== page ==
At Somber Cannes Event, Real Estate Elite Look for Hope Amid Gloom

(Bloomberg) -- Bankruptcies, bad loans and slumping values. There has been no end to the symbols of Europe’s property woes over the past year. In Cannes this week, it was a lack of yachts.

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At Europe’s biggest real estate conference, the number of sponsored boats was just a fraction of previous years, when ultra-low interest rates meant big returns and even bigger parties on the Riviera. This week, the mood at MIPIM was more somber, held in the shadow of a market rout after borrowing costs surged.

Still, amid the rubble of collapsed empires and oceans of souring debt, the eternally optimistic dealmakers in attendance showed some defiance. Many insisted they see the seeds of recovery in slower construction.

Soaring costs, plunging sales prices and debt finance that’s prohibitively expensive — if available at all — have shrunk development pipelines and created the conditions for a supply shortage. The optimists’ argument is that if the fabled economic soft landing pans out, where are all those growing businesses and populations going to base themselves if nothing has been built for several years?

It’s a big call to make given that the system is still working through the fallout from the jump in borrowing costs. And even if the supply-shortage theory comes to pass, expect only selective benefits, such as for higher quality office buildings in prime locations.

According to Dean Shapiro, global head of development at Oxford Properties, the ideal development plan is to build in a bad market and hope you’ll have a good market down the line when ready to sell.

“That works when you can build cheaply,” he said. “The problem right now is that construction costs are still very high and the cost of credit is high so you don’t have the same opportunity, but there is definitely going to be a supply shortage. It’s not a bad time to take a risk.”

In Europe, Goldman Sachs Group Inc. said this week that commercial real estate valuations are close to a bottom. Blackstone Inc. President Jon Gray told Bloomberg Television that it’s time to buy real estate. They aren’t alone in seeing price declines easing, or stopping altogether. Such views are supporting the nascent optimism that’s been driven by hopes of central bank interest-rate cuts later this year.

And once the market revives, the supply-and-demand crunch will come into play.

“I think there will absolutely be a supply shortage for the best offices,” said Isabelle Scemama, global head of AXA IM Alts. “And on the residential side, every major city is struggling with a lack of supply.”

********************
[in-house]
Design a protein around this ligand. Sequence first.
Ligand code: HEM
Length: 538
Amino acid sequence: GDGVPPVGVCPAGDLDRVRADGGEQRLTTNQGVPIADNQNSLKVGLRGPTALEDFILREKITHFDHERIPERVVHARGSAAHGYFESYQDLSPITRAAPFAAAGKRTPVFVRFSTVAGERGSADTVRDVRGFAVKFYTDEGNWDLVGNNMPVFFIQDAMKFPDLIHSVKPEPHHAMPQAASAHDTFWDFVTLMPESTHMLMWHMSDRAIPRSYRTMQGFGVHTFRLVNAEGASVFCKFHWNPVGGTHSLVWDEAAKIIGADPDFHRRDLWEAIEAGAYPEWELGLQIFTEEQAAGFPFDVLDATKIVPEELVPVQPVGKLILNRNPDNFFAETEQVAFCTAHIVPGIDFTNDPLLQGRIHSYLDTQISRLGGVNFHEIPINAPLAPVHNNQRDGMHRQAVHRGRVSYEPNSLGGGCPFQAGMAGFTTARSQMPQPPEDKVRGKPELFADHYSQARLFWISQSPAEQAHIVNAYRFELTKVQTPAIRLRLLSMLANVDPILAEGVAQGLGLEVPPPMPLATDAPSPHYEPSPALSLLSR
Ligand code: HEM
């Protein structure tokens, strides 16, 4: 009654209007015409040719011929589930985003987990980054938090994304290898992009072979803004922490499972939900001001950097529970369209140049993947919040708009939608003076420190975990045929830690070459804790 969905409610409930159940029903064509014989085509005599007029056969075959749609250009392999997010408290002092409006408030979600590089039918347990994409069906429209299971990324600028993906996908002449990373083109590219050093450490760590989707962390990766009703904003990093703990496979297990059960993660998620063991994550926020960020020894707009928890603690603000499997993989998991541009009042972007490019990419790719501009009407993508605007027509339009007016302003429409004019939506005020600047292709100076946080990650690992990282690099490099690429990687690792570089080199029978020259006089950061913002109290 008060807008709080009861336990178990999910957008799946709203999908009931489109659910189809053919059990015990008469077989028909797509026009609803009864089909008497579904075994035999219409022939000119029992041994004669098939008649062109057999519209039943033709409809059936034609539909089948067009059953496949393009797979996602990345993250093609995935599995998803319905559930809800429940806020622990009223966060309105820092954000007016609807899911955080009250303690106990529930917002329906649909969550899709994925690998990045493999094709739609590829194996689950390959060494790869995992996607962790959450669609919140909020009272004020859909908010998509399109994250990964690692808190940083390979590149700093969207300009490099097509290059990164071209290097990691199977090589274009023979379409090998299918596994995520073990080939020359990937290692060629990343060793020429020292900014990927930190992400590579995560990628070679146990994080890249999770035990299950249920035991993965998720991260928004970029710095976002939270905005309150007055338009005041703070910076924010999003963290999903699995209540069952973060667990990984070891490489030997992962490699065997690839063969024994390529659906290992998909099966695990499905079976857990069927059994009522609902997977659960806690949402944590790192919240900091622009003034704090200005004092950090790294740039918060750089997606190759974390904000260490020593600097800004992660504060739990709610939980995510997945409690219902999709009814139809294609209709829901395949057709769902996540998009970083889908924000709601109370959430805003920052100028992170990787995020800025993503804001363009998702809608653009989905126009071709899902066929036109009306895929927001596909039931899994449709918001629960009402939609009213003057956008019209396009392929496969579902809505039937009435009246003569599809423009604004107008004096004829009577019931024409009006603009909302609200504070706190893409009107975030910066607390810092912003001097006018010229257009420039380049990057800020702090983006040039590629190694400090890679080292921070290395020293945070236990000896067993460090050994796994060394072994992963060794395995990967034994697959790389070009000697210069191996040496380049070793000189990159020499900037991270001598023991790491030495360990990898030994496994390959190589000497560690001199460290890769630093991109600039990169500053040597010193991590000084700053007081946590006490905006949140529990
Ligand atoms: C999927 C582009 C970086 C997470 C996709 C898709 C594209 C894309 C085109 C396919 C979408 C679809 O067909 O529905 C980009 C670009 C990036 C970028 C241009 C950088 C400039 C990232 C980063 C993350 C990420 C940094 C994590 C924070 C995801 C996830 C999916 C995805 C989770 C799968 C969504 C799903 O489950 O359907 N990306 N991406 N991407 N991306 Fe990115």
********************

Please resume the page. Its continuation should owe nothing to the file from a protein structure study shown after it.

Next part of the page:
Take Germany’s beleaguered office market, where the six largest insolvent developers boast 48 projects in total that would have spanned about 1 million square meters (11 million square feet). Colliers International data show two-thirds of that has since been halted or abandoned.

And as the finances of those projects are thrashed out and potential buyers attempt to make them viable, development pipelines are shrinking.

An analysis of publicly listed office landlords in Europe by researcher Green Street found that plans are about half the level reached back in 2019. It’s a similar picture for warehouse development, where land values have been hit particularly hard.

But it’s in the supply of new housing where arguably the biggest opportunities lie. Homebuilding took a hit across the continent last year; London saw the fewest new home starts in over a decade, and cities across Germany, France and Sweden endured a slump in building permits.

And yet in all those locations, governments are eager to ease shortages and investors see opportunities in new rentals, if only they existed.

“It feels like we are approaching an inflection point in the market,” said Mark Allnutt, executive director at Greystar Real Estate Partners, a private equity firm specializing in rental properties. “Interest rates have peaked, the Bank of England is likely to cut before the general election, and investors are now pushing hard to get things started.”

But it’s still not quite clear if the slump is nearing its end.

Shares of Vonovia SE, Germany’s largest landlord with about 546,000 apartments, plunged almost 11% on Friday. It saw the value of its portfolio plunge by more than €10.7 billion last year, pushing its relative indebtedness above its target range. The rate of decline is slowing, however, with the 4.2% writedown in the second half of the year smaller than the 6.6% decrease recorded in the first.

Earlier in the week, German property firm LEG Immobilien said “the peak of the property crisis is already over.” But a day later, this was the message from another company, TAG Immobilien:

“A question that remains difficult to answer: what are residential properties in Germany currently worth?” it said. “The transaction markets provide little information; volumes have been too subdued in recent quarters. This uncertainty will presumably remain with us for some time to come.”

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